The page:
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Cardiac arrest study in young athletes raises heart screening questions
November 15, 2017 / 10:08 PM / 12 days ago

Cardiac arrest study in young athletes raises heart screening questions

(Reuters Health) - Screening exams to identify young athletes at risk for cardiac arrest might not be worthwhile, a new study suggests.

Having your heart stop while playing a sport is very unusual, and fewer than 1 in 5 cases of sudden cardiac arrest among competitive amateur athletes would have been predicted by a screening examination, the authors of a study from Canada say.

“Our results indicate that sudden cardiac death during participation in competitive sports is rare, the causes are varied, and more than 80 percent of cases would not have been identified with the use of systematic (screening),” the research team, led by Dr. Paul Dorian at the University of Toronto, reported in The New England Journal of Medicine.

Not only do screening programs exclude people who could safely engage in sports, he told Reuters Health by phone, the money spent on them could be better used by having defibrillators handy at competition sites and training people to use them.

“In a way, it’s a sobering finding because I think the assumption has been that if we were aggressive at screening, we could greatly improve the problem,” said Dr. Ben Abella, professor of emergency medicine at the Perelman School of Medicine at the University of Pennsylvania, who was not involved in the research.

“And while I think screening may have an important role, this study highlights another important consequence. We need to prepare athletic trainers and venues for the event of cardiac arrest,” he told Reuters Health by phone.

The analysis looked at every instance of cardiac arrest that occurred from 2009 through 2014 in people age 12 to 45 among 6.6 million residents in the southern Ontario area.

During that time, there were 74 sport-related cardiac arrests. Only 16 of the 74 occurred during or within an hour of playing a competitive sport; the rest were among people involved in a non-competitive sport, where no formal league was involved.

And only 3 of those 16 cases “were determined to have been potentially identifiable if the athletes had undergone participation screening,” said the researchers.

Dr. Dorian and his team calculated that the odds of an athlete developing a sudden arrest during competition or training was 1 in 131,600 per year, with 44 percent surviving to be discharged from the hospital.

To put that in perspective, the odds of a sudden cardiac arrest among the general population age 12 to 45 is about 6 times higher - or 1 in 20,700 per year.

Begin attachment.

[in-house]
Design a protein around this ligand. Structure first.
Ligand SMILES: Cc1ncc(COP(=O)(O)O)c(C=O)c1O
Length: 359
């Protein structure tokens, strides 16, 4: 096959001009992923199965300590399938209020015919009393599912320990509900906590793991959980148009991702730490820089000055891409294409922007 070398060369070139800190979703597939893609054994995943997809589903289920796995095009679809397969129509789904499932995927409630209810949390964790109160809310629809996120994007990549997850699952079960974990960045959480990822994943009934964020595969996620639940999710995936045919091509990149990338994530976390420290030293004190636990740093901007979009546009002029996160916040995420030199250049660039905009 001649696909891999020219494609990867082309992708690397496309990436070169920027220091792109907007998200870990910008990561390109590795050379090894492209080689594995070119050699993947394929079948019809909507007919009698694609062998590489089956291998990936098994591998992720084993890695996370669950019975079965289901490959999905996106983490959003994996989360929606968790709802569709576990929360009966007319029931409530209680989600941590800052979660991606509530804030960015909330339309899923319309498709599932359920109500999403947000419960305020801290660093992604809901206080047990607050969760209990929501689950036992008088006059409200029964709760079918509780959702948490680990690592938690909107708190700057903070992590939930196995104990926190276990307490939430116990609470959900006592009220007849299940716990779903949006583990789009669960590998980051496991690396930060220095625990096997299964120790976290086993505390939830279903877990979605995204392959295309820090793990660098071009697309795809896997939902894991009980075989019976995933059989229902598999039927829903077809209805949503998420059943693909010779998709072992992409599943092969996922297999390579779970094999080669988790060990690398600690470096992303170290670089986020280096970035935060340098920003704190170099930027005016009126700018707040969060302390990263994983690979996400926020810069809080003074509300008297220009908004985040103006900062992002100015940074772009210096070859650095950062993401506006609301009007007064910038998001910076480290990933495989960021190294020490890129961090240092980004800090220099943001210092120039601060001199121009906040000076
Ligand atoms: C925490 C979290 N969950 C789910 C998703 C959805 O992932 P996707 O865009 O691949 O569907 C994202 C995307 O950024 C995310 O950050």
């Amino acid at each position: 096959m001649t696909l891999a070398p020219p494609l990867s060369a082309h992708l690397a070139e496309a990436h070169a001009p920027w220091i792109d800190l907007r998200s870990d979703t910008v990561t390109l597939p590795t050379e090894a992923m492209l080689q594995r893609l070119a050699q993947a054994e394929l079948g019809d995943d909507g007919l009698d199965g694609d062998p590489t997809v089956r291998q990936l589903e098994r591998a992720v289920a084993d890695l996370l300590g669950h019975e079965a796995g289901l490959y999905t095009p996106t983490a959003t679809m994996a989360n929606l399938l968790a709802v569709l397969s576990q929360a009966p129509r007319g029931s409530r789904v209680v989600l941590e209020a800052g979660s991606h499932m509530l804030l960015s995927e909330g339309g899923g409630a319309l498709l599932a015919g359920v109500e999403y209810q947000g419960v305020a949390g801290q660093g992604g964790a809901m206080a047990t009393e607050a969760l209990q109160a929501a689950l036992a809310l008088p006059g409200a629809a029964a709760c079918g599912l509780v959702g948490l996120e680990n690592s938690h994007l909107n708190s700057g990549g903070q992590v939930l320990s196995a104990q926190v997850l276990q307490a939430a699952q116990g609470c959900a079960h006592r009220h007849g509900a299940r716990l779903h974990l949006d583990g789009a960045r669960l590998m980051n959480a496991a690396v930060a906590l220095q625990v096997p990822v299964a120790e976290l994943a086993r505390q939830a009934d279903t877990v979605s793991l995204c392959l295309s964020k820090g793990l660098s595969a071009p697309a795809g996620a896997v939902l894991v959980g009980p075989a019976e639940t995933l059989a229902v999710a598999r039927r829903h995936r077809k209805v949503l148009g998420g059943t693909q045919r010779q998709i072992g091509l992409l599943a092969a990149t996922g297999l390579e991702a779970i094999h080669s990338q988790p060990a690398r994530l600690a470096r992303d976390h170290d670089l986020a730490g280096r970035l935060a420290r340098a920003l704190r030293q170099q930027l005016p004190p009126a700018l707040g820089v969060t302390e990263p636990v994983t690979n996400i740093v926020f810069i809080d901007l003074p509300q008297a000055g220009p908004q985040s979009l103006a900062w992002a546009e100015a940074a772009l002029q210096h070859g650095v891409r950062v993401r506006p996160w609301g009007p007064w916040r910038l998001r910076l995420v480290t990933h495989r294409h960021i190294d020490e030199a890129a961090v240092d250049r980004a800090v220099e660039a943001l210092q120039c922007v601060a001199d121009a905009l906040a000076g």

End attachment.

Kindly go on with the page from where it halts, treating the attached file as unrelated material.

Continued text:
“The risk in these athletes is extraordinarily small, less than what’s previously been believed,” although it may seem higher because such instances of sudden death are shockingly unexpected and widely publicized, said Dr. Dorian, who is also a cardiologist at St. Michael’s Hospital. “That’s not to say it doesn’t happen. I don’t want to minimize the individual tragedies for families, loved ones and teammates.”

The group was not able to calculate the odds for people engaged in non-organized competitions because of uncertainty over the number of people involved and their degree of effort.

Among athletes under 35, a structural problem with the heart or a heart rhythm problem were the most common causes. For ages 35 to 45, the most common cause was a narrowing of the arteries feeding the heart muscle.

“It’s been assumed without any proof that more than half of individuals that are destined to die suddenly or have a cardiac arrest can be detected if you have these screening programs,” said Dr. Dorian. “What we’ve shown is the most common disorders that lead to cardiac arrest are the kinds of disorders which are not detectable with these screening programs.”

“We need automated external defibrillators available,” said Dr. Abella. “We need trainers or security staff or coaches trained in CPR and emergency response, because we’re not going to prevent this problem by screening.”

And the biggest problem with the screening programs, Dr. Dorian said, is that they raise a false alarm in too many amateur athletes.

“Screening athletes is likely to cause more harm than benefit,” he said. “It’s the worry, concern, fright - which is mostly unnecessary - that these young individuals and families have to undergo when they’re identified as maybe having a problem while they’re waiting for test results.”

“And even if a problem comes up, in fact, the risk would likely be very, very small,” said Dr. Dorian. “For the majority of people, the benefits of participating in competitive sports far outweigh any risk of sudden cardiac arrest.”

SOURCE: bit.ly/2hwITJ5 The New England Journal of Medicine, online November 15, 2017.

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